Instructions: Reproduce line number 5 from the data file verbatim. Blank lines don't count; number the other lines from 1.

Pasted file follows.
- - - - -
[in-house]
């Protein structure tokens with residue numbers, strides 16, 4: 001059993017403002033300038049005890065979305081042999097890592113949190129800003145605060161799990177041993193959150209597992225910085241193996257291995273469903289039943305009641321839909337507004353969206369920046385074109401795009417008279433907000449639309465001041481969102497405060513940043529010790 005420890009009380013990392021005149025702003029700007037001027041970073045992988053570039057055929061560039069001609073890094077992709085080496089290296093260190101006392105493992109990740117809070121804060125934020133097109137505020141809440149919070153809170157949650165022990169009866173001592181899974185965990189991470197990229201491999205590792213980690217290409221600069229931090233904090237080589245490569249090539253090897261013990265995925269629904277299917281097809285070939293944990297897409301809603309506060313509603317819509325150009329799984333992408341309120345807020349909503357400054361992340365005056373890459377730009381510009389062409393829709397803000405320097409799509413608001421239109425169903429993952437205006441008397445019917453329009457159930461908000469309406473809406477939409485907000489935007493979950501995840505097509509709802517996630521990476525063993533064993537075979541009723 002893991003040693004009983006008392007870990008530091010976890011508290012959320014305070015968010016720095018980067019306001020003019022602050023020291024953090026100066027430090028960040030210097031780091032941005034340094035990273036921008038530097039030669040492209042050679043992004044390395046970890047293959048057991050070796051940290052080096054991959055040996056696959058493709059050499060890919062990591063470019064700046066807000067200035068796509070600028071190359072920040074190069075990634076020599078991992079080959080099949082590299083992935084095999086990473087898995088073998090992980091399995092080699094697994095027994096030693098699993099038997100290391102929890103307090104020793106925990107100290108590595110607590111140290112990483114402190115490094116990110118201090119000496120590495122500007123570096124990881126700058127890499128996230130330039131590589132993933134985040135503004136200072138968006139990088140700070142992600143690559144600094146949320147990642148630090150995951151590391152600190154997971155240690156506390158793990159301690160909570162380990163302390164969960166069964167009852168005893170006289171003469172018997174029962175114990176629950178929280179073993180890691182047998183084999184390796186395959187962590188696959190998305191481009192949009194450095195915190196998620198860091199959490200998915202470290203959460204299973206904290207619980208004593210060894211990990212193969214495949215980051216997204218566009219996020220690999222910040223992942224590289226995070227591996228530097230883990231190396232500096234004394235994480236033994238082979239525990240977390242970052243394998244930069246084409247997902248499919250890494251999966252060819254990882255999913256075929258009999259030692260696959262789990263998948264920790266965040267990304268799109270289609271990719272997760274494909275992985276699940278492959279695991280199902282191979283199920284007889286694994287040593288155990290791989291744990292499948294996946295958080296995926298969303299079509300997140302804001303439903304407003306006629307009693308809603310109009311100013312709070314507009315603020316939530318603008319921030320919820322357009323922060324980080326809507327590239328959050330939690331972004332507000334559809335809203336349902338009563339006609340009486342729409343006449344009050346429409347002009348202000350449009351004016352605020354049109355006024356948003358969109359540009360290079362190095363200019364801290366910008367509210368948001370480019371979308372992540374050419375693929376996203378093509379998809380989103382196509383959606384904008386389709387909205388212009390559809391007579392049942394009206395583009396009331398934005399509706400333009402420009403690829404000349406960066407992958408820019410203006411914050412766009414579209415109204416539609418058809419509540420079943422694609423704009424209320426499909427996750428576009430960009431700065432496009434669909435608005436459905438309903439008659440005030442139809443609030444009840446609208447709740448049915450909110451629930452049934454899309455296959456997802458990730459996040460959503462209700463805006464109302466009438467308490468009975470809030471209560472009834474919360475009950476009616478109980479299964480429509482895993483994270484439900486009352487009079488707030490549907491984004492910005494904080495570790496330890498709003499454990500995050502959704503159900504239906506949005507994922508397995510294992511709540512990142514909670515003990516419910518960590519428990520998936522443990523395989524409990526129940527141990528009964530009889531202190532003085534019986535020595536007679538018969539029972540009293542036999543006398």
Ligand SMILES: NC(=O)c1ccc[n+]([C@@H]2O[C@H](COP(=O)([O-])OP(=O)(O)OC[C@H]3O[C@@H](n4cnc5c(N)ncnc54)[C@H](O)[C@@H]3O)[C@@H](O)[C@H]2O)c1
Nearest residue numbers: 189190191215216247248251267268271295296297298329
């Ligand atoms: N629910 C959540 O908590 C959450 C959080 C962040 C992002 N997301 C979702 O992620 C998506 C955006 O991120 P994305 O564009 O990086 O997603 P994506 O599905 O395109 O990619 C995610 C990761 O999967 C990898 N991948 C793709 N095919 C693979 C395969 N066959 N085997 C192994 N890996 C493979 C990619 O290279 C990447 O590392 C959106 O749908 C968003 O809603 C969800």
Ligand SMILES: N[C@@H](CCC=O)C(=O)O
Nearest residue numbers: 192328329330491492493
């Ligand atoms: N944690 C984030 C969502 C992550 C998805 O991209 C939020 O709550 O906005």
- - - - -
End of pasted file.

């Ligand atoms: N629910 C959540 O908590 C959450 C959080 C962040 C992002 N997301 C979702 O992620 C998506 C955006 O991120 P994305 O564009 O990086 O997603 P994506 O599905 O395109 O990619 C995610 C990761 O999967 C990898 N991948 C793709 N095919 C693979 C395969 N066959 N085997 C192994 N890996 C493979 C990619 O290279 C990447 O590392 C959106 O749908 C968003 O809603 C969800």